For everyone who is doubting Bella as being a good role model, how many of you have read the books? Bella and Edward do talk about their interests in the first book. Bella is also always reading a book. Like Wuthering Heights or Romeo and Juliet. She always talks about doing her homework so she can get good grades. I think she is a really good role model. She takes care of her mom and dad and cares for them dearly(which she talks extensively about in the books). She is just a teenager in love. Granted it’s a fictional love with mystical creatures that do not exist but that is where the fantasy comes in. I understand that a lot of the older people have lost imagination but having imagination is the great thing about reading fantasy/science fiction. The whole issue of her making a decision to become a vampire is because she has to due to the vampires that will kill her if she doesn’t. The school issue is solved in the fourth book after she gets married. She does decide that she wants to go to college and a really good college at that. Also in previous books it’s explained that she was in advanced placement classes when she was in Arizona because she was smart and had really good grades. And for those of you who are like “oh my gosh she’s trying to have sex with him!” Come on! Do you think that all your teenagers are angels and haven’t thought about sex? At least Bella is ready to do it with someone she deeply cares about and loves. Plus she’s 18 when she does decide she wants to. It’s not like she’s 15 or 16 making that decision. Then she agrees to wait until she is married. Also at that point they don’t even know of or about vamp/human babies even existing. So before you talk about a girl not having interests and/or ambitions maybe you should do the research. Anything else you have to complain about please inform me so that I can prove you wrong in those too.

Sisi July 20, 2010, 10:34 PM

I agree with you to some extent. Like others have said, you should read the books to have full insight, although honestly there really is no other depth to Bella. She is a bad role model and although it’s fiction children still model her behaviour. How many of us as little girls wanted to be like Nancy Drew or Hermione Granger. Even characters like Katniss from the Hunger Games Series. Just because a character is fictional doesn’t meant she is not a role model. Bella has no aspirations, no goals and has made her self worth and confidence totally dependent on the opinion of a few boys. We should be teaching girls to be strong, confident, smart, achieving and self confident members of society. We should be teaching them to be assertive and proud not self deprecating. There are so many other issues with the novels, such as promoting unhealthy and dangerous relationships, that I could go into this one seems almost small. I’m all for reading fun entertaining books. But as far as novels go, this one is not only written poorly but is full of negative messages for girls. It’s ok to read fluff but there is a lot better fluff out there. Finally, those who think Edward is the most amazing person on the planet, please think again. Is it ok, for a boyfriend to break a car and forbid a girl to see her friends, is it ok to be constantly threatening her(that is really what all of the I can hurt you quotes are), is it ok to isolate her from all of her friends and family. I understand that people see these as harmless novels and they can be, but I ask please think critically about what you read.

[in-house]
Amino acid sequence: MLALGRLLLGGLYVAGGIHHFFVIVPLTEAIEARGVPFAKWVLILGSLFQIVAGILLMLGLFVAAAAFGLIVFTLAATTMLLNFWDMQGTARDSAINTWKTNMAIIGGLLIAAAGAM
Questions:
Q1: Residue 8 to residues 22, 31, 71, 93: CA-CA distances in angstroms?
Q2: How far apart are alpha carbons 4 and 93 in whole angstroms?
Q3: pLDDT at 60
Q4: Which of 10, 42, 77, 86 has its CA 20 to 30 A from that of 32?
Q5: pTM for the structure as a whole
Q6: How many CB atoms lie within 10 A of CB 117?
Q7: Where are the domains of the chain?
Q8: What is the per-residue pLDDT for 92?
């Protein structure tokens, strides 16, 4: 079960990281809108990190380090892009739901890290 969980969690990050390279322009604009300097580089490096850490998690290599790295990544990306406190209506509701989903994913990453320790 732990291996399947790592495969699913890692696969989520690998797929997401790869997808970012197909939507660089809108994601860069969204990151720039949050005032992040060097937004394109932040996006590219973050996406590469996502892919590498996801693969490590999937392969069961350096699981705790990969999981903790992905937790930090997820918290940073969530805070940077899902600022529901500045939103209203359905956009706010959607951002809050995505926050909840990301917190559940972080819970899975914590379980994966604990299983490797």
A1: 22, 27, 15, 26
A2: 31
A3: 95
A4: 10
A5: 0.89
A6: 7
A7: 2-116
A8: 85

sw July 21, 2010, 10:00 PM


Don’t get me wrong, I read (and thoroughly enjoyed) the bosom-heaving book series.

BUT OH MY GOODNESS have I been waiting to hear someone else say this.

Her whole attitude is “Oh Edward my life is meaningless without you I’d rather die than be away from you!!” Get a clue, Bella.

It is entertaining, yes, but ‘tweens everywhere need a better role model to obsess over.